Kateri Cale leads Echo Theatre, which is dedicated to staging plays by women. Echo received support from both TACA and the Moody Fund.

“Echo is small enough and nimble enough,” Cale said, “and we didn’t owe a whole lot of people. So with the emergency funds that we were able to get, it let us start some new initiatives, which I’m very proud of. 2020 was supposed to be a building year for Echo, and it was looking good – until the unthinkable happened.”

Echo Theatre’s managing artistic director Kateri Cale. Photo: Courtesy of Kateri Cale

Echo launched a podcast (Echo Offstage) and is working on filming and streaming the play they had to cancel — the noir-ish drama, The Other Felix by Reina Hardy, which follows a detective, professional blackjack player and a doppelganger. For the first time, the company is also paying Cale and her assistant small monthly stipends.

“There are those bright spots out there,” said Zannie Voss. “I wish there were more of them.”

Zannie Voss is director of SMU DataArts, the largest cultural database in the country. She says arts groups have certainly been innovative with drive-ins and online projects, trying to stay connected with their audiences and generate at least some revenue. But some COVID cancellations now extend well into next summer. With Broadway closed until at least May, touring presenters across the country like the Dallas Summer Musicals are shut down or ‘on hold’ as well. Concert tours, major art exhibitions coming to North Texas, : They all may have to wait until not only a vaccine is developed and distributed, but also that enough Americans are convinced it’s safe, it’ll work and they take it.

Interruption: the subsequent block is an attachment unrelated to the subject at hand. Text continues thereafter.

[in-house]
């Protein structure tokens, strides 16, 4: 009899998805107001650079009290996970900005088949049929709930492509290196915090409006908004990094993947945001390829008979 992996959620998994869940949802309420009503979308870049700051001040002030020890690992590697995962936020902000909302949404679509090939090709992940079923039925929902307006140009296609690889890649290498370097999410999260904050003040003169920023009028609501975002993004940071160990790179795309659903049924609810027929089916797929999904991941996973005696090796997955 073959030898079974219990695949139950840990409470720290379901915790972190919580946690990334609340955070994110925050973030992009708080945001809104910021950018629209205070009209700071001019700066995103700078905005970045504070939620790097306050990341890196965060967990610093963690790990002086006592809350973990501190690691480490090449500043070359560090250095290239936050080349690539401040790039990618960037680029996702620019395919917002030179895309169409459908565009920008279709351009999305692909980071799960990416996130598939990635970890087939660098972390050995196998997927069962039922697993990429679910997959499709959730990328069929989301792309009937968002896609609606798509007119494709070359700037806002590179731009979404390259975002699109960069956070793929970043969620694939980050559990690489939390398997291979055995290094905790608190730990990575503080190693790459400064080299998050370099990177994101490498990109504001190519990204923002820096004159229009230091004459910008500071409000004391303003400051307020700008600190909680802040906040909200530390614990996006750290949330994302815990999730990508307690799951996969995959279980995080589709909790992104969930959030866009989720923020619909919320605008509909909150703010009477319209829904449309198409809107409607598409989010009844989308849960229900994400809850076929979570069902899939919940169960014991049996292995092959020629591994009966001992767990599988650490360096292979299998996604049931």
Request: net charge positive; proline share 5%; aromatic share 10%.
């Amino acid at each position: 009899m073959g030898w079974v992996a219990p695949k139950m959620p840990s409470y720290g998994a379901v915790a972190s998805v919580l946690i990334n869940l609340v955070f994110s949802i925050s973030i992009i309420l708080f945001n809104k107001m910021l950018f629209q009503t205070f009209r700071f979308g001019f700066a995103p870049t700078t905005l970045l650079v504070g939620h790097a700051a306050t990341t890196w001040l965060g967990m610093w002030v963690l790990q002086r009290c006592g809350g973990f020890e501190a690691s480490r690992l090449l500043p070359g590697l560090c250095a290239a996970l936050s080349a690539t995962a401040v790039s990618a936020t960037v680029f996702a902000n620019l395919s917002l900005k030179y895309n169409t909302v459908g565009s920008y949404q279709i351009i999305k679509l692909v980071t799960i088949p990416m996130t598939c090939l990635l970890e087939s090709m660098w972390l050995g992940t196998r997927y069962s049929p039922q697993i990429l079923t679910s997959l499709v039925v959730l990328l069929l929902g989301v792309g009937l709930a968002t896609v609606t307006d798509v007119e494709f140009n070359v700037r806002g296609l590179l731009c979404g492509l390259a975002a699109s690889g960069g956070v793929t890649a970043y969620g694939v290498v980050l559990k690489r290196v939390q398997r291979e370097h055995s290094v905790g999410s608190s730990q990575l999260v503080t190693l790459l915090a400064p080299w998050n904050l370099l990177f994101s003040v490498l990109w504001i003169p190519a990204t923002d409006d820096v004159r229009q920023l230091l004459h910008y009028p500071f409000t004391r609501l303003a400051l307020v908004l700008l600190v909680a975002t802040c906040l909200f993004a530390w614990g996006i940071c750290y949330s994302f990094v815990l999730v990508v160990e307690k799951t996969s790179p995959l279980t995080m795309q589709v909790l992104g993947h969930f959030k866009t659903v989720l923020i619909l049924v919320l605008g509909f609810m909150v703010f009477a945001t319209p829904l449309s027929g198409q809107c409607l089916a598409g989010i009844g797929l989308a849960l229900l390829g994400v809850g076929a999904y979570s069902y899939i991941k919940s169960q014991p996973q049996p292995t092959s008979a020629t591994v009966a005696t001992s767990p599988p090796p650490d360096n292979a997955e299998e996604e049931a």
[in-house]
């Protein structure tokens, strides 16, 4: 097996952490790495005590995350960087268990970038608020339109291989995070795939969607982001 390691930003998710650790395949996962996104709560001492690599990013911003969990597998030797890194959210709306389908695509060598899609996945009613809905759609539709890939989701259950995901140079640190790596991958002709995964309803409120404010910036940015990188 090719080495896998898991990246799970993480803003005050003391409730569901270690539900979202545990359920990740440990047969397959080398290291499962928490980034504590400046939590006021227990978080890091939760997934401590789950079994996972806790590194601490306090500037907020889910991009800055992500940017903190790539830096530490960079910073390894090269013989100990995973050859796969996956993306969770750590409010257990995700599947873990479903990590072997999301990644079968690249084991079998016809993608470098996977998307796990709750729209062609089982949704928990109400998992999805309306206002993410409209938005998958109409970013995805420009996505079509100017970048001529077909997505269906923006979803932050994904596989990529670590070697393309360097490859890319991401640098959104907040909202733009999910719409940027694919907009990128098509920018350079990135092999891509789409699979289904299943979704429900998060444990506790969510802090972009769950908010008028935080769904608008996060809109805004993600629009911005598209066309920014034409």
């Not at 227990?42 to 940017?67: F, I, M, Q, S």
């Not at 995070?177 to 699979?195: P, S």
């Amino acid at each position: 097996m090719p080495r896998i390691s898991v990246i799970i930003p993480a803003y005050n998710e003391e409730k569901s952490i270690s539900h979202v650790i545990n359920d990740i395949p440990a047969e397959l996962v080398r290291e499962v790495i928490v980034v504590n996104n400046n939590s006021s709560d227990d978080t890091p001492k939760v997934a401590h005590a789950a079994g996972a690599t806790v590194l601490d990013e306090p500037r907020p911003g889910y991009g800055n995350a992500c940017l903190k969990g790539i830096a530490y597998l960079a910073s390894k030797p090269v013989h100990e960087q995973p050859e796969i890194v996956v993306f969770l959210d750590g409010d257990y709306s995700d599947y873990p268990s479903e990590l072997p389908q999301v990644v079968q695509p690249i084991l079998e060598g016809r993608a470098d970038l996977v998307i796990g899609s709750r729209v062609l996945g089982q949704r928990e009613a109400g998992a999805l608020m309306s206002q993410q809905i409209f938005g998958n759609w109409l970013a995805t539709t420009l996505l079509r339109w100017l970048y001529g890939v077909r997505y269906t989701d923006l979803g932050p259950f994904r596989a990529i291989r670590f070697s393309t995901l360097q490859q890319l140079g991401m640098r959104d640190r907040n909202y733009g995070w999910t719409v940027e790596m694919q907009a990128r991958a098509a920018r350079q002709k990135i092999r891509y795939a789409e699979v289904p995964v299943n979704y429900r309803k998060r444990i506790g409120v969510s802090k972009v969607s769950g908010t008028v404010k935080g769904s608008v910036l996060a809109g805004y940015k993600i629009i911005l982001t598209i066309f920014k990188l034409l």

Earlier this year, a study Voss co-wrote predicted a nearly $7 billion loss to America’s arts sector because of the pandemic. Today, she’d easily more than double that to $15 billion.

“It’s going to be an incredible talent drain,” Voss said, “as people scramble to find what else can they do in life to feed their families.”

Tyrees Allen in Lynn Nottage’s Ruined,’ the area premiere presented by Echo Theatre in 2017. Photo: Rebecca Brooks.

The biggest local arts groups – Dallas Museum of Art, Dallas Symphony, Perot Museum – received more than a million dollars each from the federal Payroll Protection Program. Even so, most have had to cut their offerings or furlough staff. Voss says they’re in the same boat as thousands of for-profit businesses across the country: They’re still hoping that, eventually, somehow, a second federal lifeline will help keep them afloat.

But the latest news on a COVID-and-economic aid package coming out of Washington is that, at best, it might happen in Congress’ post-election, lame-duck session.

As for Bosquez, the Fort Worth playwright, teacher and bartender, he’s teaching a bit.

.{I’m lucky enough to have a few organizations actually doing classes right now. But yeah, once these little gigs dry up, the future’s very unpredictable.}

Voss says, the huge loss in revenue is what has damaged the arts, so far. Now — it’s the weariness and confusion over whatever happens next.